What a Boy Needs

Stephen Ashton 0 Comments

With Mark Hancock

 | July 12, 2019

Trail Life USA® CEO Mark Hancock talks about the differences between boys and girls and the need to have boy-specific activities in scouting. Trail Life USA, he explains, is a boy-focused scouting organization that gives boys plenty of outdoor activities to challenge them and call out their inner competitor.

This is a two-part interview.
Don’t miss day one, where Mark discusses Raising Strong, Godly,
Courageous Men with the Family Life team.

Bob: I am an Eagle Scout. I grew up going to ScoutsGirl scouting and boy scouting are both very different today than they were when I was growing up. They’re dealing with all of this, and that’s why Boy Scouts are now boys and girls.

Ann: “Would your Boy Scout experience have been different had girls been involved?”

Bob: Of course, it would—

Dave: Yes.

“We know, intuitively, that boys and girls are different; and delivering the same program to boys and girls is not going to get the same results.”

Bob: —because getting together with boys and going camping, and going hiking, and doing, and learning—all of these things—yes; I would have acted different. I was taught to act different if—

Dave: Right.

Bob: —there are girls around. We wouldn’t have gone out and thrown the football around as much as we did, or we wouldn’t have gone out and wrestled like we wrestled when we were Boy Scouts. It would have been a different. You know who I should ask if I did right or wrong?—is the guy who heads Trail Life USA. [Laughter]

Dave: Hey, you know what? He’s sitting here.

Bob: He’s right here! Mark Hancock joins us, again, on FamilyLife Today. He’s kind of sad he did join us on FamilyLife Today, at this point, I think. Mark, welcome back.

Mark: Hey, I think it’s okay to be here. [Laughter]

Bob: Yes; so you know the dilemma I’m talking about.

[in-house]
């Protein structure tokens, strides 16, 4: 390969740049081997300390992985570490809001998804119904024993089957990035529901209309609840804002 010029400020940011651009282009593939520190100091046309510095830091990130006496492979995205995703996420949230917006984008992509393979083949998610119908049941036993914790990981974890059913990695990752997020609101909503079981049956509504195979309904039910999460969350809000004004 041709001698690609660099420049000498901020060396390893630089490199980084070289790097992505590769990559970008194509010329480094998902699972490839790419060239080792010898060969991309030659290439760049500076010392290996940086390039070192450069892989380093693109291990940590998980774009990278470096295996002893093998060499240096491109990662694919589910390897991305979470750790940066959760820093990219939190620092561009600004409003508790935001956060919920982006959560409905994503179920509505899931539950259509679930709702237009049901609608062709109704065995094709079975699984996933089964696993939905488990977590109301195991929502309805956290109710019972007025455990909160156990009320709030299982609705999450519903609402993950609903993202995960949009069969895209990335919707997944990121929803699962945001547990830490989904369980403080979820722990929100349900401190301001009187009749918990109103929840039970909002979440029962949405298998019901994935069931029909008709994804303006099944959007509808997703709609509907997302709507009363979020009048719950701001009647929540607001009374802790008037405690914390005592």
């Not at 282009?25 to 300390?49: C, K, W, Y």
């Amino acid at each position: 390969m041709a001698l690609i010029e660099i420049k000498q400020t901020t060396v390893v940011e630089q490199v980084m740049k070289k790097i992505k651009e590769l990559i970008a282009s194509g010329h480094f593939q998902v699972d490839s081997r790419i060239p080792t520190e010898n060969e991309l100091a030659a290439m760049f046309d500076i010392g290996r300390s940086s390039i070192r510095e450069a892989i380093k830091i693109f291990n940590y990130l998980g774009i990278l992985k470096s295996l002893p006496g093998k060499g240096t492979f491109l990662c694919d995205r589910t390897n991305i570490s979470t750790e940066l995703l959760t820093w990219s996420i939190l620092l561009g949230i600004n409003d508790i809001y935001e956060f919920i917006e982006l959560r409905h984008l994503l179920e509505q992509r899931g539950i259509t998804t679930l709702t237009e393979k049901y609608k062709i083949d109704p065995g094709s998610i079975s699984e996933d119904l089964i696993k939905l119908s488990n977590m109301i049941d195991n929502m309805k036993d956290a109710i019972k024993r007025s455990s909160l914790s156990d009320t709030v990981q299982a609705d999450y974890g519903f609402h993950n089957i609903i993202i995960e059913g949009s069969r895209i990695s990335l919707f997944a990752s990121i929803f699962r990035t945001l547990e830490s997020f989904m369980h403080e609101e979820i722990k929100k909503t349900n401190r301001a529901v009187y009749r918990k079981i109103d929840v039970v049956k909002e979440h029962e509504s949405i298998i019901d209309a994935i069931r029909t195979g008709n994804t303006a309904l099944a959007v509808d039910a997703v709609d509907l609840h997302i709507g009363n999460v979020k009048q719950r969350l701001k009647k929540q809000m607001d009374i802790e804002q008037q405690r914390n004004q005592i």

Mark: Yes; we hear about that a lot. It really is—Boy Scouts has an amazing legacy: presidents, and senators, and leaders, and civic leaders—

Bob: —radio hosts. [Laughter]

Mark: —astronauts, even radio hosts.

Ann: —famous ones. [Laughter]

“There’s something special that happens when we acknowledge: ‘Boys are boys, and girls are girls’.”

Mark: But they’ve decided, in the last few years, that that—whatever that secret sauce was is going to work for boys and girls. A lot of people are struggling like you are: “I’m not sure—I can’t quite identify what’s wrong with that except that I know that it just doesn’t sit right with me.” It’s because I think we know, intuitively, that boys and girls are different; and delivering the same program to boys and girls is not going to get the same results.

Bob: It’s not—I didn’t want to deprive these girls of anything. I’d love for them to go have a great week of camping, and I’d love for them to experience all that I experienced. You’re not trying to withhold anything; but you’re trying to say, “There’s something special that happens when we acknowledge: ‘Boys are boys, and girls are girls’.”

Dave:  There is a unique thing that happens when boys can be boys/men can be men—women can be women—that you’re sort of tapping into. We are uniquely designed by God differently—not more important—just differently; so it requires a different strategy.

Talk about your three-part strategy to help boys be boys and, then, become men.

Mark: Well, we’re encouraging leaders of boys—whether it’s in Trail Life or in other organizations—to pay attention to the differences between boys and girls and create learning opportunities that are specifically tailored to them. We ask them to do first—is recognize that boys and girls are different.